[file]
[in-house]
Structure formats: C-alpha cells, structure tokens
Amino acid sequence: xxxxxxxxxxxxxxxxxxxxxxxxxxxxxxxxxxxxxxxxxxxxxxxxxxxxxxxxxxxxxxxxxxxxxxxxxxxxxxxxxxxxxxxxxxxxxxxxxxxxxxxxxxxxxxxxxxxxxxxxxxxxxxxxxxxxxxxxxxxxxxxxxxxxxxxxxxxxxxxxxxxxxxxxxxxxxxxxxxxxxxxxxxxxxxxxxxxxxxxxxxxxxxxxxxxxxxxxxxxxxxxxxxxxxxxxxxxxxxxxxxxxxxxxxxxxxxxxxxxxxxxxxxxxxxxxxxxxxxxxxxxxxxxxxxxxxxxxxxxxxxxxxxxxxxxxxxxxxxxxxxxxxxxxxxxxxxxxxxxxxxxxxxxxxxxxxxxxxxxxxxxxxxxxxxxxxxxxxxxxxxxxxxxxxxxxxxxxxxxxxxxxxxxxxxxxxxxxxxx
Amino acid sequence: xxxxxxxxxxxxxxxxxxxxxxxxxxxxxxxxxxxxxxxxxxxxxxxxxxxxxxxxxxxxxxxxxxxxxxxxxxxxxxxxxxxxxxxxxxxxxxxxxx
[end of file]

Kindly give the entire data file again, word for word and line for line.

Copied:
[in-house]
Structure formats: C-alpha cells, structure tokens
Amino acid sequence: xxxxxxxxxxxxxxxxxxxxxxxxxxxxxxxxxxxxxxxxxxxxxxxxxxxxxxxxxxxxxxxxxxxxxxxxxxxxxxxxxxxxxxxxxxxxxxxxxxxxxxxxxxxxxxxxxxxxxxxxxxxxxxxxxxxxxxxxxxxxxxxxxxxxxxxxxxxxxxxxxxxxxxxxxxxxxxxxxxxxxxxxxxxxxxxxxxxxxxxxxxxxxxxxxxxxxxxxxxxxxxxxxxxxxxxxxxxxxxxxxxxxxxxxxxxxxxxxxxxxxxxxxxxxxxxxxxxxxxxxxxxxxxxxxxxxxxxxxxxxxxxxxxxxxxxxxxxxxxxxxxxxxxxxxxxxxxxxxxxxxxxxxxxxxxxxxxxxxxxxxxxxxxxxxxxxxxxxxxxxxxxxxxxxxxxxxxxxxxxxxxxxxxxxxxxxxxxxxxx
Amino acid sequence: xxxxxxxxxxxxxxxxxxxxxxxxxxxxxxxxxxxxxxxxxxxxxxxxxxxxxxxxxxxxxxxxxxxxxxxxxxxxxxxxxxxxxxxxxxxxxxxxxx